Highlights from the 2014 LA Auto Show

Seakeeper Gyro: stability on the high-seas

By

July 12, 2007

Seakeeper stabilization technology (www.seakeeper.com)

Seakeeper stabilization technology (www.seakeeper.com)

Image Gallery (2 images)

July 13, 2007 The experience of cruising the ocean waves is a joy for some, but as anyone who suffers from sea sickness can attest, it can also be completely unbearable. Boats pitch, roll and yaw much like aircraft and to counter the disorientation this causes to our bodies gyroscopic stability systems and trim tabs have been developed to combat the rolling seas. Seakeeper is one company addressing this issue through the research and development of stability devices for small boats under 100 feet that include products for both low and high speeds. The company has developed different systems depending on the size of their craft and how it is used. The first is a gyroscopic stability system designed to combat what’s considered the worst part of the boating experience - low speed boat roll - and the second is a stability system that makes use of sensor-adjusted small control surfaces (like a more advanced form of the traditional trim tabs) that adjusts the motion of a boat moving at speed and improves comfort, handling, and safety.

The Seakeeper Gyro stability system is quite unique in that unlike other products, which the company claims are heavier and less efficient, it uses a computer controlled flywheel rotating in a vacuum-enclosed sphere. The reduced air friction of the vacuum enclosure enables the flywheel to spin at higher speeds, thus producing a greater stabilizing effect. The system is suitable for boats upwards of 35 feet and multiple units can be fitted to boats larger than 55 feet. The advantage of the gyroscopic system is that it is efficient at low speeds, reducing low speed boat roll. As the system is controlled by a motion-sensing computer, unlike more common passively regulated systems, it adjusts to a wide range of wave conditions, giving it a performance edge over competitors.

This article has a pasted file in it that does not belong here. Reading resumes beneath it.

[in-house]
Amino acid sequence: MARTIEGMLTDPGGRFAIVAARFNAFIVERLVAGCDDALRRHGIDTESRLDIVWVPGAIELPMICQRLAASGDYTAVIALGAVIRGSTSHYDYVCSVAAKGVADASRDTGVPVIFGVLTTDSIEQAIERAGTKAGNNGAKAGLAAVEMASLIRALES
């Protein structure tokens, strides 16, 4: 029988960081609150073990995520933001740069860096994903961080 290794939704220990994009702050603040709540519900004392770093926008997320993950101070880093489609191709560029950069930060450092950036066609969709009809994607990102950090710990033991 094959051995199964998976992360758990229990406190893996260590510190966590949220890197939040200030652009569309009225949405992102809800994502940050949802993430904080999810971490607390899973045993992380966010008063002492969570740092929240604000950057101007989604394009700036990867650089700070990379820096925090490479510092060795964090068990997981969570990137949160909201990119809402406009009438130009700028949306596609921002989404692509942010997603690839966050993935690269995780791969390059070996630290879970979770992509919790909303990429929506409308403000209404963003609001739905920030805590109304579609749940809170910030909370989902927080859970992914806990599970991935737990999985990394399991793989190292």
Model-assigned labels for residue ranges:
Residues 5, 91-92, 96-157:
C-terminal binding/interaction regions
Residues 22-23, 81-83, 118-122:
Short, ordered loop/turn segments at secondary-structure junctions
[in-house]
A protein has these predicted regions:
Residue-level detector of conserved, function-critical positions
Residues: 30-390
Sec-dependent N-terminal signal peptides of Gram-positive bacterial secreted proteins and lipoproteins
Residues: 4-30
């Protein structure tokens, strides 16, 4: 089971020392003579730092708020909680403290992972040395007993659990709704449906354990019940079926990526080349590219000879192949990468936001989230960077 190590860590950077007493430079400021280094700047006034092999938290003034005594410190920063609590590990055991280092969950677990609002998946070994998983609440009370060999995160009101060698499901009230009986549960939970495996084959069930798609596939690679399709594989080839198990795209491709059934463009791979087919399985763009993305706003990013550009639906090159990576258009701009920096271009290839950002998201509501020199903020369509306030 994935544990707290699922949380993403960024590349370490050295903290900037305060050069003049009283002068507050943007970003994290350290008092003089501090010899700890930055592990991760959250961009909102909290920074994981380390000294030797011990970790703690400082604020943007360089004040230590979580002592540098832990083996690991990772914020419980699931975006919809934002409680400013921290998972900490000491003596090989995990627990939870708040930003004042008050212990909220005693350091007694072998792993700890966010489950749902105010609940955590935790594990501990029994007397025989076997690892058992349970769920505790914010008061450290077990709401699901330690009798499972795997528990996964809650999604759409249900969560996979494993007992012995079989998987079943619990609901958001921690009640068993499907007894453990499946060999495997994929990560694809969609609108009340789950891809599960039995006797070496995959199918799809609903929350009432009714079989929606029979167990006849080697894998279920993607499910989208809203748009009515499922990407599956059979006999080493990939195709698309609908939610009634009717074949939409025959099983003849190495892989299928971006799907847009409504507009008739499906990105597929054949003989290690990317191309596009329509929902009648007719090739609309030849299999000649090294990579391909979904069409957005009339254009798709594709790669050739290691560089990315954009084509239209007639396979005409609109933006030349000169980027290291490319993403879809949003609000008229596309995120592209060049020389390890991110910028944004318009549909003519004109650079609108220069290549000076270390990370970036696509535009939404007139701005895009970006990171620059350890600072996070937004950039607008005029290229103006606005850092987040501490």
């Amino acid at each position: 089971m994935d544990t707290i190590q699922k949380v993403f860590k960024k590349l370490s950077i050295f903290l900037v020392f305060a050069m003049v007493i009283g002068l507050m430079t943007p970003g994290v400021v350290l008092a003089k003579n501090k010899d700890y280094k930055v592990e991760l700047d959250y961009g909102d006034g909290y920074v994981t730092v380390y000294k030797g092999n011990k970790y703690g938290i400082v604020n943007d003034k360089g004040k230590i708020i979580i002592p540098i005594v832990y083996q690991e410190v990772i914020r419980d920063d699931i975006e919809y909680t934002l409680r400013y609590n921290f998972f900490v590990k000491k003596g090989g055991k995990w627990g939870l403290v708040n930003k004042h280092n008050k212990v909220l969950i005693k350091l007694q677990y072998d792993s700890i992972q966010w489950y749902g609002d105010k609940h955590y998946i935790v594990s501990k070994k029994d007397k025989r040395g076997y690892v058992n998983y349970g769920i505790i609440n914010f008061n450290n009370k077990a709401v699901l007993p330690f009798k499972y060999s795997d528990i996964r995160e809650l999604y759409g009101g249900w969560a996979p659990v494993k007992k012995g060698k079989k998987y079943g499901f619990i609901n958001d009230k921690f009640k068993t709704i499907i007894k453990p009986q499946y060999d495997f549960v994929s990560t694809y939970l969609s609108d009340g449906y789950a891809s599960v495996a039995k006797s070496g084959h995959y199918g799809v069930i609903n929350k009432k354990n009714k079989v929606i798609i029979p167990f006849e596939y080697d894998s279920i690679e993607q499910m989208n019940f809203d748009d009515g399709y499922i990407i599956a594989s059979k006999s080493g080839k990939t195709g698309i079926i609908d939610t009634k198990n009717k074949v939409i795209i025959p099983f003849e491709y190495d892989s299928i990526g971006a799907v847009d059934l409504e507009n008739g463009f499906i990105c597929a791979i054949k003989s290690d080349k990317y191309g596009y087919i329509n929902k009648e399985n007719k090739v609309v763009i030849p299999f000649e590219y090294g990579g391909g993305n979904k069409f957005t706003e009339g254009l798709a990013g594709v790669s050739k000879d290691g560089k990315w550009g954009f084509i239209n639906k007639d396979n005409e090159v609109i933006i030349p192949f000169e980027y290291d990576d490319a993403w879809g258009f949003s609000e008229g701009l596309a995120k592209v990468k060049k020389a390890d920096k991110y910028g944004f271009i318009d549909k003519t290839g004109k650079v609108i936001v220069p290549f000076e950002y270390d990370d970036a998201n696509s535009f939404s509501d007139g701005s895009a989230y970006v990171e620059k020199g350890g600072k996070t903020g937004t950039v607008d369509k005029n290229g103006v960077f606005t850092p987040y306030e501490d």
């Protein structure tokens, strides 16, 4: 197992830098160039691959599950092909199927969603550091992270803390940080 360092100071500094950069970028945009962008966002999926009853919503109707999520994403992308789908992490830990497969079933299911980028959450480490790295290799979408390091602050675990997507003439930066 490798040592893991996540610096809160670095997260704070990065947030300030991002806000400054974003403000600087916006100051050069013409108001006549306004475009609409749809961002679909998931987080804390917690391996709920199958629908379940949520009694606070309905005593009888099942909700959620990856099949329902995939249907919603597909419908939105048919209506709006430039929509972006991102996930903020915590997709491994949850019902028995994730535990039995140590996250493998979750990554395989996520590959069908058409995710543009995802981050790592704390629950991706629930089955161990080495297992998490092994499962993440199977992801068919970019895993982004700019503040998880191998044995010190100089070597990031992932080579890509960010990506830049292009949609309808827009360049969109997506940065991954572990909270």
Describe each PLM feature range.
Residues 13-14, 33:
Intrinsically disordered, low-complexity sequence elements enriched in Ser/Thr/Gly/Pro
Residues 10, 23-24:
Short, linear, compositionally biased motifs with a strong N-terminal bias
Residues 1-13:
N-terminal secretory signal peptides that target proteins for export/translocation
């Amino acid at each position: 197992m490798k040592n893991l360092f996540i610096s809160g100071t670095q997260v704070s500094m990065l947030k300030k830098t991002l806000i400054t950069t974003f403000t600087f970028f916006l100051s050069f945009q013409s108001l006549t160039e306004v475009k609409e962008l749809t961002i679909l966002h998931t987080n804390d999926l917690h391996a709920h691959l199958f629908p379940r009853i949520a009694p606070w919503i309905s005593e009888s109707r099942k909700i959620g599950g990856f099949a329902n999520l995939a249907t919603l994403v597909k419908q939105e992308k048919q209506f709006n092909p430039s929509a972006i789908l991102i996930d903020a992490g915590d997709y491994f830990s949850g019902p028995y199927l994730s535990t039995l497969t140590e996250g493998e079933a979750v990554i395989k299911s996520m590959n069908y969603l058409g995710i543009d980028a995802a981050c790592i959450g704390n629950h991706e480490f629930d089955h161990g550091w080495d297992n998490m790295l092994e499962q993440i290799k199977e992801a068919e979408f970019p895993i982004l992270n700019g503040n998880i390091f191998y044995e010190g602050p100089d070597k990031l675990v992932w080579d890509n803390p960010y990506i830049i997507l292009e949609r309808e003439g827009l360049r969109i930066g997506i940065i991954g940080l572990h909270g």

Also available is the Seakeeper stability control system which features transverse blades that act as control surfaces (much like the rudder on a boat or aircraft) that instead of being actuated by the pilot are automatically adjusted by sensors. The system is suited to craft of all sizes but efficiency is limited below 20 knots.

The Seakeeper Gyro is available for US$55, 000 plus installation and the Seakeeper stability control system costs US$21,500 plus installation.

A video demo is available at the Seakeeper website.

Systems designed specifically for boats at anchor like this one from Quantum are also available and an informative discussion of some of the different stabilization systems can also be found here.

About the Author
Noel McKeegan After a misspent youth at law school, Noel began to dabble in tech research, writing and things with wheels that go fast. This bus dropped him at the door of a freshly sprouted Gizmag.com in 2002. He has been Gizmag's Editor-in-Chief since 2007.   All articles by Noel McKeegan
Tags
Related Articles
Looking for something? Search our 29,483 articles